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What Do High-Capacity Factors of Coal-Fired Plants Mean?

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Nov. 20 2020, Updated 5:11 p.m. ET

The latest EIA report

On December 23, 2016, the EIA (U.S. Energy Information Administration) published its latest report on capacity factors for power plants based on data for October 2016. The capacity factors for both coal and natural gas declined. However, the capacity factor of coal-fired power plants surpassed the capacity factor of natural gas–fired plants for October.

According to the EIA, the capacity factor for coal-fired power plants came in at 50.2% in October 2016 compared to 59.7% in September 2016. During the same period, the utilization rate for natural gas plants fell sharply to 48.1% from 61.3%.

However, the year-over-year capacity factor for coal-fired power plants saw an uptick in the utilization rate during the same period.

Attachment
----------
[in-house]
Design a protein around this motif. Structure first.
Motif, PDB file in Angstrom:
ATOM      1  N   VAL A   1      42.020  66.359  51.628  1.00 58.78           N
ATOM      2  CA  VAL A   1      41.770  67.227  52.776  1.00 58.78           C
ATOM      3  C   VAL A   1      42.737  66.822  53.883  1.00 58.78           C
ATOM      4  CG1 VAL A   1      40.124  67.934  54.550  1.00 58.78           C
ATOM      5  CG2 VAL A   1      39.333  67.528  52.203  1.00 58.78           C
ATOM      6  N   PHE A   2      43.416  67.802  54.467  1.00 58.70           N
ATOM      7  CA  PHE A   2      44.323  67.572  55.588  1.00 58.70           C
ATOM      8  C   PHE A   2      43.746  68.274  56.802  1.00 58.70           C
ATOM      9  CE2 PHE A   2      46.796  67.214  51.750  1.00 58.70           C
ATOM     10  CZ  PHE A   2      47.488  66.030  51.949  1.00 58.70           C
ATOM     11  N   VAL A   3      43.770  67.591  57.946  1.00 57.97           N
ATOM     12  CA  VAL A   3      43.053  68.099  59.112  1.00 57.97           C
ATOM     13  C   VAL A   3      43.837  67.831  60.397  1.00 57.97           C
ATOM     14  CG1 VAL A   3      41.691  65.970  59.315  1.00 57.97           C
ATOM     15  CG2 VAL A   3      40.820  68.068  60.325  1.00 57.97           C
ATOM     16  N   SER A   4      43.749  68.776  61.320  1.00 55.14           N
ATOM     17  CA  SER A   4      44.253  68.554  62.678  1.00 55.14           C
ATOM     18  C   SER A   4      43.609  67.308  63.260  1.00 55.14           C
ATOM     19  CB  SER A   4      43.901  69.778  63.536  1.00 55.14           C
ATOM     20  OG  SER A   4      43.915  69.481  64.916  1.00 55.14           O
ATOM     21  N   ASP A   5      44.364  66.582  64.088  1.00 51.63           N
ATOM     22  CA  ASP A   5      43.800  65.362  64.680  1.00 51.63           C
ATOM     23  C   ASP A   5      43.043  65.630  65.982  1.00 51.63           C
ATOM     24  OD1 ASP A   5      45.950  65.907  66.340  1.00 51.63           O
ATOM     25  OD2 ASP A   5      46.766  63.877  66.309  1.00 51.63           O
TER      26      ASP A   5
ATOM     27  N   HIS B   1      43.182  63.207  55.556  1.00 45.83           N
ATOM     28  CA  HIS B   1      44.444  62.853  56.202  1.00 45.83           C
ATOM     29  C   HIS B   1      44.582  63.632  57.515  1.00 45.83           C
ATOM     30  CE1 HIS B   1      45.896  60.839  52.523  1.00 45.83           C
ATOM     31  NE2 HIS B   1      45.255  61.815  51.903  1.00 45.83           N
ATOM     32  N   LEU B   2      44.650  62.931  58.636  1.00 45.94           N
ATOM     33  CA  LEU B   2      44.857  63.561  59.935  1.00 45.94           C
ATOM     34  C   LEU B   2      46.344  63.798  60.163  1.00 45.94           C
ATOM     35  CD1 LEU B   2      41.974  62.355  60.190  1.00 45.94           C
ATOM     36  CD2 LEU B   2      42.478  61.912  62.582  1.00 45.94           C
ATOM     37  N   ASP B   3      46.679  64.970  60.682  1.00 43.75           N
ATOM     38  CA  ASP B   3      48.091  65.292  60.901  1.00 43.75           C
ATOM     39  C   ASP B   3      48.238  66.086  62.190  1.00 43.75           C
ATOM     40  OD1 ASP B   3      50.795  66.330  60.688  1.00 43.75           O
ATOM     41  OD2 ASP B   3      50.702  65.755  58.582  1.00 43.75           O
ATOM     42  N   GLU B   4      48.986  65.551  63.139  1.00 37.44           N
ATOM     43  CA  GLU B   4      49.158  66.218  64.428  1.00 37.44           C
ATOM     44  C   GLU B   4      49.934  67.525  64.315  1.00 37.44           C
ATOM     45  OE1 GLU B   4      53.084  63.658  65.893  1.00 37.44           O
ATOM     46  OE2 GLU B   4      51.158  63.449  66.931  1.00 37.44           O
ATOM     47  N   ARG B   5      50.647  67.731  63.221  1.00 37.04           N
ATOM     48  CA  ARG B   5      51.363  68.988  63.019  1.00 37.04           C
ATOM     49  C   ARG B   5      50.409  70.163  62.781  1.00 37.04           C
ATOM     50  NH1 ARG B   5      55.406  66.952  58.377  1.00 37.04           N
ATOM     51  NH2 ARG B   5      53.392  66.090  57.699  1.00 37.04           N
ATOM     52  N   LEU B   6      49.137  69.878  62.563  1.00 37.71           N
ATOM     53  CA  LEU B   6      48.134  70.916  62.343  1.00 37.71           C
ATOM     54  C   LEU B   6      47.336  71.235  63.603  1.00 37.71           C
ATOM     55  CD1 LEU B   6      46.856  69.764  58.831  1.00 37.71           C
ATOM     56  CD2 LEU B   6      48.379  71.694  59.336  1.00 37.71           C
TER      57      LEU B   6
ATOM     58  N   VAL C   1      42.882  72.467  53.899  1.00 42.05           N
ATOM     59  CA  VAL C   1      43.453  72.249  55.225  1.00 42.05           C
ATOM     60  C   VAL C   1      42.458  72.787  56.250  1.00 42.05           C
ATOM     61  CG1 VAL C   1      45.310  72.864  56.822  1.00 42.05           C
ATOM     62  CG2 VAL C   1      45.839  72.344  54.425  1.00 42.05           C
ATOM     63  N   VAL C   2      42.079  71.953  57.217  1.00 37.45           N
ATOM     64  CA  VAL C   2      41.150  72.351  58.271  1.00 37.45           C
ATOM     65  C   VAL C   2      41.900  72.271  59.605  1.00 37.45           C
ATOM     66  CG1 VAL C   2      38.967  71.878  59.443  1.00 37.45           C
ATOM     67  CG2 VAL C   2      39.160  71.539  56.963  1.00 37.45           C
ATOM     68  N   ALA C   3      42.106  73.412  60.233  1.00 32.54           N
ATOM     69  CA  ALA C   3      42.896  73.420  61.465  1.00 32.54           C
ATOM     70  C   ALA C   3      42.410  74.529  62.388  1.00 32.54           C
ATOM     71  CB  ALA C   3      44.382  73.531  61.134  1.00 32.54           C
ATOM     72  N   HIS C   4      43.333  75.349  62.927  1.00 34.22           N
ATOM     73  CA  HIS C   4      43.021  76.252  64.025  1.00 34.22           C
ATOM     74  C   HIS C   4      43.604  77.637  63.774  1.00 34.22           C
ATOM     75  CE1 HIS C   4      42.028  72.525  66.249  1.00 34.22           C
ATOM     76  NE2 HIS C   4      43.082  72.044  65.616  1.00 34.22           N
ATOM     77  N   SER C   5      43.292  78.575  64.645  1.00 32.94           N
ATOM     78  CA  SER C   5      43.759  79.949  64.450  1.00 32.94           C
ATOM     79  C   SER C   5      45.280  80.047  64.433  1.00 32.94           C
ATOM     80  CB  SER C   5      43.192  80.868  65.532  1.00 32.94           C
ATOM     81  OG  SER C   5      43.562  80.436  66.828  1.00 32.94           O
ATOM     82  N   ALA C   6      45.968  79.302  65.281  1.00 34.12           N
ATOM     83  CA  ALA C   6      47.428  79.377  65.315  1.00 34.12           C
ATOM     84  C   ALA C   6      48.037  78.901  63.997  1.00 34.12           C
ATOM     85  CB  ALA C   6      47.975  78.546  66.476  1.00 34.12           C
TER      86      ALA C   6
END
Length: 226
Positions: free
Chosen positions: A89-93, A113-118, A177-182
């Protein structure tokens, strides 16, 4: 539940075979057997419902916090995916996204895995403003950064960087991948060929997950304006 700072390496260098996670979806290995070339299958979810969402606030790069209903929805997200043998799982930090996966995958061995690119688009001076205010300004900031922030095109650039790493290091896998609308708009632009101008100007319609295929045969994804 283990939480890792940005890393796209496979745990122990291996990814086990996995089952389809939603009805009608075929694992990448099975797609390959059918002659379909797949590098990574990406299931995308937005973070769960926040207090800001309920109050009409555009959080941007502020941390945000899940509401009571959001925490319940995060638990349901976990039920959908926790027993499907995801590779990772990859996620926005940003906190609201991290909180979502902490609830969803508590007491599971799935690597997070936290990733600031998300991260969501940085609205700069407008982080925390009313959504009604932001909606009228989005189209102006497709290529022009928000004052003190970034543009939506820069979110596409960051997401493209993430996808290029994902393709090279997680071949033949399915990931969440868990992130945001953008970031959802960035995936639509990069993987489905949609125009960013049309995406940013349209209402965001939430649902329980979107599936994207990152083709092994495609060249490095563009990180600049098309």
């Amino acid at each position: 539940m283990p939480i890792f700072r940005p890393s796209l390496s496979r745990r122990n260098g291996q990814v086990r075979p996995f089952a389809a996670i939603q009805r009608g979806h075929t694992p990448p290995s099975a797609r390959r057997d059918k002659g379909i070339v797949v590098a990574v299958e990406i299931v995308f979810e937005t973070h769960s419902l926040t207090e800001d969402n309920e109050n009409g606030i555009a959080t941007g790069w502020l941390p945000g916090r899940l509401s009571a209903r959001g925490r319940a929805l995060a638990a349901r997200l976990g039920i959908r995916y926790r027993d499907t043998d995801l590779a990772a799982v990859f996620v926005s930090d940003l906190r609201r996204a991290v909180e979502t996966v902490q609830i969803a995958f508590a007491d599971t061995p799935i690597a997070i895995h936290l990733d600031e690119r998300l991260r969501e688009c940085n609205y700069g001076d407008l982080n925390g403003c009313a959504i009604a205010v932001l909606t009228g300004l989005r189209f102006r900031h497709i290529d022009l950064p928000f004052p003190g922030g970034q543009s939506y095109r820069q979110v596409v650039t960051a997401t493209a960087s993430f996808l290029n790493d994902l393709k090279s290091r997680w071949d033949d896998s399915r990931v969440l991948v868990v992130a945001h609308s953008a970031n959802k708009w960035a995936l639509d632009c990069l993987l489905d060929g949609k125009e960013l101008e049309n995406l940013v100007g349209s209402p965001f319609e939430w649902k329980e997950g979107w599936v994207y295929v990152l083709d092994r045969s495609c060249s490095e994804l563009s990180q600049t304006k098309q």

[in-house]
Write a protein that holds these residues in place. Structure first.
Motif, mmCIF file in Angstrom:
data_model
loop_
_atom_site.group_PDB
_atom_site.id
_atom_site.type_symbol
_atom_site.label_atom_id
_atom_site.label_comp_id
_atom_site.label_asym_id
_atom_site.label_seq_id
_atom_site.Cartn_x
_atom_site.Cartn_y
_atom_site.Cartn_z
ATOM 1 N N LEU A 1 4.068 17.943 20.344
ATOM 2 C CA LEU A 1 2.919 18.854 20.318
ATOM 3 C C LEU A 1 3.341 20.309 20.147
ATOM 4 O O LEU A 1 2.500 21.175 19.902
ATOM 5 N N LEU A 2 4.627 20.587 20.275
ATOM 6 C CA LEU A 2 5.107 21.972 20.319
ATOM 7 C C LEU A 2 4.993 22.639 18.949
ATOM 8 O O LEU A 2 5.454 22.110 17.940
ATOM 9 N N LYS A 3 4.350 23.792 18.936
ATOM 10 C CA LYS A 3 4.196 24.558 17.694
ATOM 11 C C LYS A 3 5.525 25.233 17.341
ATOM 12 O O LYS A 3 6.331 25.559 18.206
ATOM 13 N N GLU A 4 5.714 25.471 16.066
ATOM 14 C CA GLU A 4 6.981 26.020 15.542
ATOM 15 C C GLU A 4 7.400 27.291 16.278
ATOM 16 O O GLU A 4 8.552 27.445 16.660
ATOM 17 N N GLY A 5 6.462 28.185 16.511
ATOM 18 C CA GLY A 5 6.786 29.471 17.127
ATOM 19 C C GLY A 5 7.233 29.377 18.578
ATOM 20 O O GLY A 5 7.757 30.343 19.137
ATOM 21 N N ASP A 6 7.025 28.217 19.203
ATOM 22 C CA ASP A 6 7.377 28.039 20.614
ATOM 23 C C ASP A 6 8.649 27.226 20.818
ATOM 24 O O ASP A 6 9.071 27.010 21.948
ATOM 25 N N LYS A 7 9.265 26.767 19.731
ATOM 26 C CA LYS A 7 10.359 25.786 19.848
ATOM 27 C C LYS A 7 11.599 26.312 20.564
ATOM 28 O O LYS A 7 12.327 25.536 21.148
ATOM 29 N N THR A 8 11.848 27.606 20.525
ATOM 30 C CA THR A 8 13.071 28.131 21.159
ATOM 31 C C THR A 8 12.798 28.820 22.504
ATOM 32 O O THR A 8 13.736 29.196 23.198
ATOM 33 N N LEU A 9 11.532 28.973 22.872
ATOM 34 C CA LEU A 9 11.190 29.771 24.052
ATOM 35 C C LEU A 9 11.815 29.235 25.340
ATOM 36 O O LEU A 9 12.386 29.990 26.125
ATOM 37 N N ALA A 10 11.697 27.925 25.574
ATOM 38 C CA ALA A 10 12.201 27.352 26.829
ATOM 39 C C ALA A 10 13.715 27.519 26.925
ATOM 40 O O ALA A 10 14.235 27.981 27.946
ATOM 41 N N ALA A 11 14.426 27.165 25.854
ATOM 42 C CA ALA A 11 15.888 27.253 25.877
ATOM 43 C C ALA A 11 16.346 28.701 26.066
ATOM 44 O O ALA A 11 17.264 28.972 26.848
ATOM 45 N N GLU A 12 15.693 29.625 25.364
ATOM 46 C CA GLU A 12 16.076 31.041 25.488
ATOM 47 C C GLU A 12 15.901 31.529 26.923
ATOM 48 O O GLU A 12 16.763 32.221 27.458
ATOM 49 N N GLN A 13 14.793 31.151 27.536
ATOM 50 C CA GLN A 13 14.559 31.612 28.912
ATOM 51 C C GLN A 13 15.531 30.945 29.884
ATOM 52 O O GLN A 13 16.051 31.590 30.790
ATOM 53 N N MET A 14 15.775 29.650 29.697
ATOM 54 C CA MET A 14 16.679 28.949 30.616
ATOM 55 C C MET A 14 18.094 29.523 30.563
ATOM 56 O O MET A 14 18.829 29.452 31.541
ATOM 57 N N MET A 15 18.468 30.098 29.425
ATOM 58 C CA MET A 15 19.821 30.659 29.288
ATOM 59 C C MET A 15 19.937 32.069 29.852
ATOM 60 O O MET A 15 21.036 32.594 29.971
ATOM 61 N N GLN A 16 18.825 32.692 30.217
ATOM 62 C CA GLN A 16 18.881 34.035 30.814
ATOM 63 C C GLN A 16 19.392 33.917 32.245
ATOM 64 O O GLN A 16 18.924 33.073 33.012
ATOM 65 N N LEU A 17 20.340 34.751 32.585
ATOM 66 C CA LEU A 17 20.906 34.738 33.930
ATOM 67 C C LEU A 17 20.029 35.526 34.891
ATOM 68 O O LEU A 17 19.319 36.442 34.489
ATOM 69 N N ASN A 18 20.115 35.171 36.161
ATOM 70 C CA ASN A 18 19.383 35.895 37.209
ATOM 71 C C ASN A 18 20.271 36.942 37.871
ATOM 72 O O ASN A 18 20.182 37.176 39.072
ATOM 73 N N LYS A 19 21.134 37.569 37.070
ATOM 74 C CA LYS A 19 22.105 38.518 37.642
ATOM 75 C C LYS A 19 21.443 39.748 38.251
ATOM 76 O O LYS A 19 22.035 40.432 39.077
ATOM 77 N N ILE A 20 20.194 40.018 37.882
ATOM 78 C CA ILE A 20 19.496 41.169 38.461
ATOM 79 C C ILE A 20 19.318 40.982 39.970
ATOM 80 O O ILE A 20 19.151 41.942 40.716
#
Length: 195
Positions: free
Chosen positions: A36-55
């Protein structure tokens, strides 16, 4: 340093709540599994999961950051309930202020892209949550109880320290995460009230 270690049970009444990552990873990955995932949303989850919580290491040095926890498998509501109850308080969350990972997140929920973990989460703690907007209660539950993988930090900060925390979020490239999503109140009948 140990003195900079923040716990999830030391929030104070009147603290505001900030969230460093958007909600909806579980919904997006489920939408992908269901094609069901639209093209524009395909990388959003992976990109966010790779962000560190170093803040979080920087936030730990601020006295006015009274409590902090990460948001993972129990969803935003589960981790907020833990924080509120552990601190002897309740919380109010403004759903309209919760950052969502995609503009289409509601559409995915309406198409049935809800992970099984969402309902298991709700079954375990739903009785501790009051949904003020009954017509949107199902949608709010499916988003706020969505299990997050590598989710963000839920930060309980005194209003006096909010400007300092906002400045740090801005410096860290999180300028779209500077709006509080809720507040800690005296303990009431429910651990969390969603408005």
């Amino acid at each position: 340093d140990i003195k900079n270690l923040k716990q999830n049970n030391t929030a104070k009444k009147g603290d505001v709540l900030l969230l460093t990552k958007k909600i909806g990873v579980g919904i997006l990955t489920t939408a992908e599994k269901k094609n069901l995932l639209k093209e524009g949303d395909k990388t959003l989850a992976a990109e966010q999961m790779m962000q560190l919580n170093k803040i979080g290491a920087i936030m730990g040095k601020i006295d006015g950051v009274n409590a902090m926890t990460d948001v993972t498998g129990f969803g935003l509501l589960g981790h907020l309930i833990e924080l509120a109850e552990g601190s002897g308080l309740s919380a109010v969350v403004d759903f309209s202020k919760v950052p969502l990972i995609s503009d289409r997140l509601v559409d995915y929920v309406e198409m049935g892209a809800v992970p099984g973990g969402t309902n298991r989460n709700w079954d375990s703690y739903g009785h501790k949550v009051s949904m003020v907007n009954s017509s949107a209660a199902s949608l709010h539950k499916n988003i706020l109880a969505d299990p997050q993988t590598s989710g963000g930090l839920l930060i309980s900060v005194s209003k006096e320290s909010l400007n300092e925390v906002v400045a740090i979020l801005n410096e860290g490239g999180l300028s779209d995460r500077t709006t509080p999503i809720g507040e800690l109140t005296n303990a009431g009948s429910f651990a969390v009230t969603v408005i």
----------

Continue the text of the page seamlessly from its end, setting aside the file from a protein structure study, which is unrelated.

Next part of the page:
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Impact on coal

Capacity factors for coal-fired plants rose from 47.0% in October 2015 to 50.2% in October 2016. Capacity factors for natural gas plants fell from 53.6% in October 2015 to 48.1% in October 2016.

That kind of shift is positive for thermal coal (KOL) producers such as Peabody Energy (BTUUQ), Cloud Peak Energy (CLD), Alliance Resource Partners (ARLP), and Arch Coal (ARCH).

Capacity factors

Capacity factors are an important indicator when it comes to understanding power plants’ utilization levels. The factors measure how often a power plant runs in a given period as well as the maximum capacity at which a power plant can run.

For example, if a power plant with a capacity of 600 MW (megawatts) operates at a 50.0% capacity factor on a given day, it generates electricity equivalent to what a 300 MW power plant would produce if it ran at 100.0% capacity.

The EIA publishes capacity data for various fuel types every month. To get exposure to various utility companies, you can consider the Utilities Select Sector SPDR ETF (XLU).

For more related analysis, check out Market Realist’s Energy and Power page.

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